At the Munich Security Conference, Putin unleashed an angry broadside against the U.S. as a “uni-power” and against NATO expansion. Participants were shocked by the intensity of Putin’s attacks but otherwise largely dismissed them. That was a mistake. It was clear that Putin believed he was being disrespected and marginalized by the U.S. and NATO, adding to his growing resentment about the patronizing treatment he believed Russia was receiving.

The 2008 NATO Summit at Bucharest was perhaps the turning point. Georgia and Ukraine had applied for NATO MAP — Membership Action Plan, the roadmap to full membership. Blocked by France and Germany, MAP was denied. But in a throwaway line, President Bush stated that Georgia and Ukraine could at some date join. That “promise” was included in the final summit report so as not to offend the American president.

Putin was outraged and told Bush “this will not stand,” echoing George H. W. Bush’s response to Saddam Hussein’s invasion of Kuwait in 1990. Bush dismissed the warning.

In 2008, Putin provoked Georgia to respond to a Russian “false flag” operation and subsequently occupied South Ossetia and Abkhazia. With contested borders, Georgia was technically ineligible for NATO membership. Six years later, Russia annexed Crimea from Ukraine following the Maidan Square protests and the unseating of pro-Russia President Viktor Yanukovych, accusing Washington of abetting regime change.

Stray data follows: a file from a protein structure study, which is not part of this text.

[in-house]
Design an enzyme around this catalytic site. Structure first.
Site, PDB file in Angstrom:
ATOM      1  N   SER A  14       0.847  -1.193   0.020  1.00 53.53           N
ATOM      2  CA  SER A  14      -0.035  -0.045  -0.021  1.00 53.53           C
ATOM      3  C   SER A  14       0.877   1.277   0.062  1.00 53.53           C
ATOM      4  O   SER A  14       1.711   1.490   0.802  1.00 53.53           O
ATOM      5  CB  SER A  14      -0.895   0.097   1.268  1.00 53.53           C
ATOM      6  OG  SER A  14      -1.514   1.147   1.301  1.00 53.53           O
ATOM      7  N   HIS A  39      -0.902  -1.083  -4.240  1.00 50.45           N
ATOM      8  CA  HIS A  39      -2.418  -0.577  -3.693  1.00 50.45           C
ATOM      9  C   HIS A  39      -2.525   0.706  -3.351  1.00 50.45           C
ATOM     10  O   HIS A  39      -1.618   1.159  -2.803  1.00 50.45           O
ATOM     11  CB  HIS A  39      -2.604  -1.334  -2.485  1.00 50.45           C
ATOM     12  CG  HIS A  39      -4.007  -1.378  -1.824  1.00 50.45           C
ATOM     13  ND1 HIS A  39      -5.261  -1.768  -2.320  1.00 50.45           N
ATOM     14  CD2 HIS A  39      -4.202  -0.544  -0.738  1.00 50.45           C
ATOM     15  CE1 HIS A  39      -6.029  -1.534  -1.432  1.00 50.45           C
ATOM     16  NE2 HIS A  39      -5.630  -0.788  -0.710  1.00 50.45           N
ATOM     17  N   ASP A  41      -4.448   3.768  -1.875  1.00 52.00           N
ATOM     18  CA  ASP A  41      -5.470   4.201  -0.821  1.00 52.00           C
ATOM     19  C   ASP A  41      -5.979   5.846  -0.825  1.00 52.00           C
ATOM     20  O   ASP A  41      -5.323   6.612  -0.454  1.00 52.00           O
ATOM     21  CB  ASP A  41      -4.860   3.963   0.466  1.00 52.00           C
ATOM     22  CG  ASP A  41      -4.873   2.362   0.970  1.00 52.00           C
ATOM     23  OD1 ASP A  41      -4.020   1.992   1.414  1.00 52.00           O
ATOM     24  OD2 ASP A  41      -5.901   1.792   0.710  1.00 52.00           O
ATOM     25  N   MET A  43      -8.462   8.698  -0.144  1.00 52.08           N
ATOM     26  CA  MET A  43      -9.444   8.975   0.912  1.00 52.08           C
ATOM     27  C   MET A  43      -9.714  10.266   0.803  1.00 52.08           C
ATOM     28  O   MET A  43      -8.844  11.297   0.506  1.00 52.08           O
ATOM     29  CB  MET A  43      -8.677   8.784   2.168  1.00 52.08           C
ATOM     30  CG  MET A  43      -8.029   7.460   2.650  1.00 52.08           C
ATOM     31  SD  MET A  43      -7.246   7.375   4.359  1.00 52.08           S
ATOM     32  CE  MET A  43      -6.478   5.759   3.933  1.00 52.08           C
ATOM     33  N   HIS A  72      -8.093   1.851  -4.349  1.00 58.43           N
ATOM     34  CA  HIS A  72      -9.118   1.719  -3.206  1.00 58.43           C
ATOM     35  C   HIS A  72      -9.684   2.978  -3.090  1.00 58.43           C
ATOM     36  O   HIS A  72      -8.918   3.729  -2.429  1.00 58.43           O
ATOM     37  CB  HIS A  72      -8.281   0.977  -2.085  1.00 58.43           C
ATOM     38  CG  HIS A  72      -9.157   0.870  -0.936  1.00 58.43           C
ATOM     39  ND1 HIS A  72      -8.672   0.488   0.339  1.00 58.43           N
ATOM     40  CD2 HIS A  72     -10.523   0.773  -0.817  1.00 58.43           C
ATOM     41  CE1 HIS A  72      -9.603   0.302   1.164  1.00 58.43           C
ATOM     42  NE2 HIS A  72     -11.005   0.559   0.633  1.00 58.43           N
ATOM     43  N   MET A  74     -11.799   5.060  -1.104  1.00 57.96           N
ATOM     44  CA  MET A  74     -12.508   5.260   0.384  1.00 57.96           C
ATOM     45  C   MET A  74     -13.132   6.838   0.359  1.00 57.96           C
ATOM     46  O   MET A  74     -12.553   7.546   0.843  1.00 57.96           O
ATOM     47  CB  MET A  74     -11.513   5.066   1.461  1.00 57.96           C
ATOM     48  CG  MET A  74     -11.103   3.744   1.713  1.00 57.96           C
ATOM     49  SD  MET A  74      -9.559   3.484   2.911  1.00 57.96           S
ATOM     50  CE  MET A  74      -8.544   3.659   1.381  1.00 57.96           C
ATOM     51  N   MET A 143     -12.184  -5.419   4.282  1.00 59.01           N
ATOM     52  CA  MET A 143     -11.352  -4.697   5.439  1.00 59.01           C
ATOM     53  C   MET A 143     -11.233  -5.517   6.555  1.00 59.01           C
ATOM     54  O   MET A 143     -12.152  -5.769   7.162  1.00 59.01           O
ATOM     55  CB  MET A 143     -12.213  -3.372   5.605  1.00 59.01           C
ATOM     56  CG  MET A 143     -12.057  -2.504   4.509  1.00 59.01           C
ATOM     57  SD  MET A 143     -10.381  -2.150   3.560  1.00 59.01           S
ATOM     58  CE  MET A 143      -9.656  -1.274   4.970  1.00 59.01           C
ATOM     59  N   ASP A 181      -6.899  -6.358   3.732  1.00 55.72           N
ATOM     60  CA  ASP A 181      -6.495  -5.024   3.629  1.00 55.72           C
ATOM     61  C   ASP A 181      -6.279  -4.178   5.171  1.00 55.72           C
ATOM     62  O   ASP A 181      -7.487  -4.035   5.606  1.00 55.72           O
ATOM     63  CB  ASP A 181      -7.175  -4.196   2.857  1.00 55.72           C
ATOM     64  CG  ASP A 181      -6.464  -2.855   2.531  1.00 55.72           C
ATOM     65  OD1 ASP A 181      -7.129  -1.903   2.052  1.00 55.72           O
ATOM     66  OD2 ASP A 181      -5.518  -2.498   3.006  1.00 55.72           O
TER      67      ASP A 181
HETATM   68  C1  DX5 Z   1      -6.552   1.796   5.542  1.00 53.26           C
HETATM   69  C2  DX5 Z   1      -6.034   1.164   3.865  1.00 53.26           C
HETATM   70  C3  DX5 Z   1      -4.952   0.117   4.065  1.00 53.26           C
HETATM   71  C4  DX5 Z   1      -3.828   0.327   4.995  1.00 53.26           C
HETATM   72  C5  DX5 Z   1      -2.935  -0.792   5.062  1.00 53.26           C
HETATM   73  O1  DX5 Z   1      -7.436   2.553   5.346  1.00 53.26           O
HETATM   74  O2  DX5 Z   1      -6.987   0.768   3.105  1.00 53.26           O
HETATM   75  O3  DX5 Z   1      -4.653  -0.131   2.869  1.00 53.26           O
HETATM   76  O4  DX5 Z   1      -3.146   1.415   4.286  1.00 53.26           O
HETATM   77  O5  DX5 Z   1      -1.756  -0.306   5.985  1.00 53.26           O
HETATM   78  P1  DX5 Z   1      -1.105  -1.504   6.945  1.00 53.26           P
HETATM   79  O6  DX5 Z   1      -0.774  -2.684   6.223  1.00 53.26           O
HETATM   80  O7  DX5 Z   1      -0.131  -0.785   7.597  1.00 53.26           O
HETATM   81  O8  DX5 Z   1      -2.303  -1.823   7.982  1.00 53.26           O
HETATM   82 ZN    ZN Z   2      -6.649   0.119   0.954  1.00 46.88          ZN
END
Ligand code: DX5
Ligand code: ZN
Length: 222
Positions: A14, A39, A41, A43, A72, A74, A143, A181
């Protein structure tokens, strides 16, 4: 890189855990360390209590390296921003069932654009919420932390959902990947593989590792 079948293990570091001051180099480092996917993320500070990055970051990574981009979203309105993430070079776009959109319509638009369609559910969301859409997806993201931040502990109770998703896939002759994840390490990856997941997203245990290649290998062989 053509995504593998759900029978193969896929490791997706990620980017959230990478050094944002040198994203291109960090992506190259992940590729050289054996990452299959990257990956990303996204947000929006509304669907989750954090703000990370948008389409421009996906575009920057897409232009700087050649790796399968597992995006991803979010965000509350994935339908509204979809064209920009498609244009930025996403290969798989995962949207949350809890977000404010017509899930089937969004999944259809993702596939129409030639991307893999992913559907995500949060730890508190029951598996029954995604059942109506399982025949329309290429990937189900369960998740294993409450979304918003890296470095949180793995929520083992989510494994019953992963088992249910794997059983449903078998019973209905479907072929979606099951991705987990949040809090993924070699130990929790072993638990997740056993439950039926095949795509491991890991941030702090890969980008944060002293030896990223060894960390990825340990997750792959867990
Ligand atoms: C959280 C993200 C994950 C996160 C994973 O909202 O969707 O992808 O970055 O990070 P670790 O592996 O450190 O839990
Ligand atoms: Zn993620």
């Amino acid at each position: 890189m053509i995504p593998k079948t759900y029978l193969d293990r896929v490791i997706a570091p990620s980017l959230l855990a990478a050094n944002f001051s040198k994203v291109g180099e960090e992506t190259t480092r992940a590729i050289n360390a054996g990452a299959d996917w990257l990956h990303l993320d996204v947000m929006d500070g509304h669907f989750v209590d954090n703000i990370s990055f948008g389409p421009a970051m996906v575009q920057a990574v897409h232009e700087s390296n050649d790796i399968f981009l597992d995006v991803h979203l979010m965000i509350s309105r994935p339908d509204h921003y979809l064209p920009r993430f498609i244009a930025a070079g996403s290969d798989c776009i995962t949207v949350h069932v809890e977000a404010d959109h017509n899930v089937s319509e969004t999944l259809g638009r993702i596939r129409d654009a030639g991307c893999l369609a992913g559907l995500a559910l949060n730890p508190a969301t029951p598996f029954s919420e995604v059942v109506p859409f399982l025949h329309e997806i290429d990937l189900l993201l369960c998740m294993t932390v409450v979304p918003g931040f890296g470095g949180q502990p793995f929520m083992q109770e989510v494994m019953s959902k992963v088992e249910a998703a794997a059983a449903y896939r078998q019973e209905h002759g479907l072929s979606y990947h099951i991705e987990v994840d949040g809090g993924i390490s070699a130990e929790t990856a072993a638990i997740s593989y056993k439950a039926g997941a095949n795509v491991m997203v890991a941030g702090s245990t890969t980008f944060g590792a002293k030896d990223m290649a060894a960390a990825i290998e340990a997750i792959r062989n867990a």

In 2016, Russia was charged with interfering in U.S. presidential elections and widespread hacking operations. Despite President Trump’s attempt to improve relations with Putin, at best they remained frozen. Some Democrats accused Trump of being Putin’s “useful idiot.” And relations were made more toxic by a series of U.S. defense strategies, beginning with the Obama administration targeting Russia as one of five potential adversaries to be “deterred and, if war came, defeated.”

Perhaps the incompetent U.S. withdrawal from Afghanistan in August 2021 convinced Putin he could take bold action in Ukraine without much risk. After massing troops on Ukraine’s borders, Russia subsequently sent demands to the U.S., NATO and EU calling for a new European security framework; NATO retraction to the West; and  denying Ukraine NATO  membership. Each was rejected.